Packages of care for ADHD in low- and middle-income countries
In the final article in a six part series on treating mental health problems in resource-poor settings, Alan Flisher, from the University of Cape Town, and colleagues present "packages of care" for treating Attention-Deficit/Hyperactivity Disorder in low- and middle-income countries.
Attention-deficit/hyperactivity disorder (AD/HD) is a pervasive developmental disorder that, although commonest in childhood and adolescence, can be diagnosed at any age. The chronic condition affects individuals throughout their lives, across all cultural contexts, say the authors, and is associated with considerable social, psychological, and economic adversity. Its worldwide prevalence is about 5%.
Packages of care are combinations of treatments aimed at improving the recognition and management of conditions to achieve optimal outcomes. The authors found that "an appropriate package of treatment for AD/HD in low- and middle-income countries (LMICs) should include screening of high-risk groups, psycho-educational interventions with caregivers, methylphenidate, and behavioral interventions."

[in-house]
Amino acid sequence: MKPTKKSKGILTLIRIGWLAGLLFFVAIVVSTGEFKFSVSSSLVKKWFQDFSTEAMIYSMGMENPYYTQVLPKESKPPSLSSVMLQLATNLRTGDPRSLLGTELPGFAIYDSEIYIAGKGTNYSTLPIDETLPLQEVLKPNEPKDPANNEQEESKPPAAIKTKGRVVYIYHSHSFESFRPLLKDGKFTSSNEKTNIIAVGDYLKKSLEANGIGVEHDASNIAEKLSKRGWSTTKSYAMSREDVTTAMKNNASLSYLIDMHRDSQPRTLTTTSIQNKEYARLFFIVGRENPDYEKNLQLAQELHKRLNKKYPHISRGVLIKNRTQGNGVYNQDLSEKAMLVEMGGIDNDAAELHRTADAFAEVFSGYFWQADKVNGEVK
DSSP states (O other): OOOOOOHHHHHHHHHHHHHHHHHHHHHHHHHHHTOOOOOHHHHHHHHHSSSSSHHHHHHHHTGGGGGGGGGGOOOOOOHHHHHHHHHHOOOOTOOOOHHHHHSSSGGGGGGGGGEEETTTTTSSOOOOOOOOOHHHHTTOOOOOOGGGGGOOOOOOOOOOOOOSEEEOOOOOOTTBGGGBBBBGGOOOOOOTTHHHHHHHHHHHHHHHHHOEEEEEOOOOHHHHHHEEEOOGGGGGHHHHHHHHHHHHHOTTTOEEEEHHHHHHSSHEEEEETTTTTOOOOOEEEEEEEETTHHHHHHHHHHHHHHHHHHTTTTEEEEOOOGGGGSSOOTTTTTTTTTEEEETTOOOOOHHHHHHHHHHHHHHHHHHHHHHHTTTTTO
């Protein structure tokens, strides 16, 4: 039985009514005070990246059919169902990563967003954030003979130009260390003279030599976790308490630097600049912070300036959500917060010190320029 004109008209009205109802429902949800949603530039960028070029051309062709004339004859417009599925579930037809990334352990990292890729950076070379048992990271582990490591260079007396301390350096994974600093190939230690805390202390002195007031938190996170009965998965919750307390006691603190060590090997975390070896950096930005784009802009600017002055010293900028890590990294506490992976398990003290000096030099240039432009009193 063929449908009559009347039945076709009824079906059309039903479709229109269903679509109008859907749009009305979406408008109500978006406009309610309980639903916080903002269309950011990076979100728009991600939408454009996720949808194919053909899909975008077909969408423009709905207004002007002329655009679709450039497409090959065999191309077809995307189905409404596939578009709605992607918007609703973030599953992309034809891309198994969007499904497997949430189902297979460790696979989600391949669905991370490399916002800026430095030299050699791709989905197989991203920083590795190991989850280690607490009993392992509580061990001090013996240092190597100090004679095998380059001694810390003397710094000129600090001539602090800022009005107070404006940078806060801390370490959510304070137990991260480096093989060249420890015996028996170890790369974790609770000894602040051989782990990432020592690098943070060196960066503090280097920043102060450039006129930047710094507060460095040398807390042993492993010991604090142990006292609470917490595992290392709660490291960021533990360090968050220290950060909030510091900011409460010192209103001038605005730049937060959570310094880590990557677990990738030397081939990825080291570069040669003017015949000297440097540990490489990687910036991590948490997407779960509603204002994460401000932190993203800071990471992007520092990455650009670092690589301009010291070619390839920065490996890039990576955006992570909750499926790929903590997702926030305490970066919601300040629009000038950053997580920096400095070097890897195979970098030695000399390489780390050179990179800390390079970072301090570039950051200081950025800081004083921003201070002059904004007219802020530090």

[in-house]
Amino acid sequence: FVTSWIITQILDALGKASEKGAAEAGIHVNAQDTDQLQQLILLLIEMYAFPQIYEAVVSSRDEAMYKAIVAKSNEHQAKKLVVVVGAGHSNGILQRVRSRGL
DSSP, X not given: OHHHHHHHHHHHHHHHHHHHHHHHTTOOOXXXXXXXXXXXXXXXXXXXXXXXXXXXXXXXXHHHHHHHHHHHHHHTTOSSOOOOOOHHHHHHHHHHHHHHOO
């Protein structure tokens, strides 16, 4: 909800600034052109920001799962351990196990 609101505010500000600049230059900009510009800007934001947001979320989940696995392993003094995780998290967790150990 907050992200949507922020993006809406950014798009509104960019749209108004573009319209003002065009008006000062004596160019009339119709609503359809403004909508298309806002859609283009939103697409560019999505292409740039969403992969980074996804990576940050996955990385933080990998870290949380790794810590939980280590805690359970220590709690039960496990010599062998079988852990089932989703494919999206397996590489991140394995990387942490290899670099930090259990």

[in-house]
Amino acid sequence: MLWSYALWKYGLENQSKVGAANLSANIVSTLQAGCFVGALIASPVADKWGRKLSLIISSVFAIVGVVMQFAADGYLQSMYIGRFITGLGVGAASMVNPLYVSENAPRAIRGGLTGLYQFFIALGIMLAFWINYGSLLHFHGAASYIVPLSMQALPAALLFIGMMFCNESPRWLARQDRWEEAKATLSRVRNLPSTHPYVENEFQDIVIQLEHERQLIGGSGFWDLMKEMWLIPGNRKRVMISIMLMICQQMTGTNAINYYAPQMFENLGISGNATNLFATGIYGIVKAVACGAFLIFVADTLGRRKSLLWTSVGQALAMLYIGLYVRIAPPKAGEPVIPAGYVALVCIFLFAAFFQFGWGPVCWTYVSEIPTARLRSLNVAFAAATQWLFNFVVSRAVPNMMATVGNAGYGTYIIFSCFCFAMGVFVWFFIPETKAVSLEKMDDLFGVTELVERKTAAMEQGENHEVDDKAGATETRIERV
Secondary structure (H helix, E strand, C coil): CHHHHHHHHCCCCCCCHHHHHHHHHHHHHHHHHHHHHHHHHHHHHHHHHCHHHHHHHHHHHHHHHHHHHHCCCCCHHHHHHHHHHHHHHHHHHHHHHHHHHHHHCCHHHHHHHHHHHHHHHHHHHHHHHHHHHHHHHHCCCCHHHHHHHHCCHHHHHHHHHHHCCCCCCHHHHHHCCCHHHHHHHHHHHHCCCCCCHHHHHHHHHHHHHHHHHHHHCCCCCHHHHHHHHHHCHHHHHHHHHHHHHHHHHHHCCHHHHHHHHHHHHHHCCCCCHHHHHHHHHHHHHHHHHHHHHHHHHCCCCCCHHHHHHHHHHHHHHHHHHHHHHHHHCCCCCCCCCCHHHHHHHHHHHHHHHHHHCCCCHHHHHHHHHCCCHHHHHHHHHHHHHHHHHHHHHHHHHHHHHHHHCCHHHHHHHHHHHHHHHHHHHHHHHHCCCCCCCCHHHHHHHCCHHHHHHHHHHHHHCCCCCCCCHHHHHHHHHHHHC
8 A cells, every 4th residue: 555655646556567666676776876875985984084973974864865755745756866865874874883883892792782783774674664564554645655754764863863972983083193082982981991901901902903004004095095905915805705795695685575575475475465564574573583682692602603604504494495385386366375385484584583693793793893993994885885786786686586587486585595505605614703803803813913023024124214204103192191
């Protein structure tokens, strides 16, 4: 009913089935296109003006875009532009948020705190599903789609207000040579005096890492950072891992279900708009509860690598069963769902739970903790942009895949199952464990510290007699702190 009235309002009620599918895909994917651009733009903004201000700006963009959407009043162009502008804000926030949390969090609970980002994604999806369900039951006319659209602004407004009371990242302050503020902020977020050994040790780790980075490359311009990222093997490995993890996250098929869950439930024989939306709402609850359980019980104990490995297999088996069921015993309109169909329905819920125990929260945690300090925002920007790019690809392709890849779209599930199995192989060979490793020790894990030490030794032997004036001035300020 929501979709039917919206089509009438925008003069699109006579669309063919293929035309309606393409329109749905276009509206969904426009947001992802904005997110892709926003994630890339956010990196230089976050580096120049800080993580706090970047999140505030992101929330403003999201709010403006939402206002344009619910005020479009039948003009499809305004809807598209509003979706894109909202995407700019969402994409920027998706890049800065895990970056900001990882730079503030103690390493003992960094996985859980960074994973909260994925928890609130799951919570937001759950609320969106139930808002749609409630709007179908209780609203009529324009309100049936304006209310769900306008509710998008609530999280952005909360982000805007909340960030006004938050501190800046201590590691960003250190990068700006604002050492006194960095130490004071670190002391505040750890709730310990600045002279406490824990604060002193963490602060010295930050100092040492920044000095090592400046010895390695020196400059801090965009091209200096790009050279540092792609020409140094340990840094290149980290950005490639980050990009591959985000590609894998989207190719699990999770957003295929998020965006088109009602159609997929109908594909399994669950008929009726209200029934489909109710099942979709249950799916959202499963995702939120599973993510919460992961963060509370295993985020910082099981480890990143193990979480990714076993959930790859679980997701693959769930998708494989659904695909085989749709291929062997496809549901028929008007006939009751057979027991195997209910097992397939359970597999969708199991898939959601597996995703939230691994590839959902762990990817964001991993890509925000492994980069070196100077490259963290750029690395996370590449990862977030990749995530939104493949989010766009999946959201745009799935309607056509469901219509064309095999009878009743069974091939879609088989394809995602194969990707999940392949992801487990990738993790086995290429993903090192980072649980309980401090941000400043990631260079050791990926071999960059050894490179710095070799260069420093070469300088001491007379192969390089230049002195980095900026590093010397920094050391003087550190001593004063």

The PLoS Medicine series on mental, neurological and substance use disorders in LMICs is accompanied by a related perspective by Vikram Patel and Graham Thornicroft, the guest editors of the series. The series collection page, with links to the five other articles in the series, is compiled on Speaking of Medicine, the PLoS Medicine blog: http://speakingofmedicine.plos.org/2009/10/12/collection-page-for-new-series-on-mental-health-in-low-and-middle-income-countries/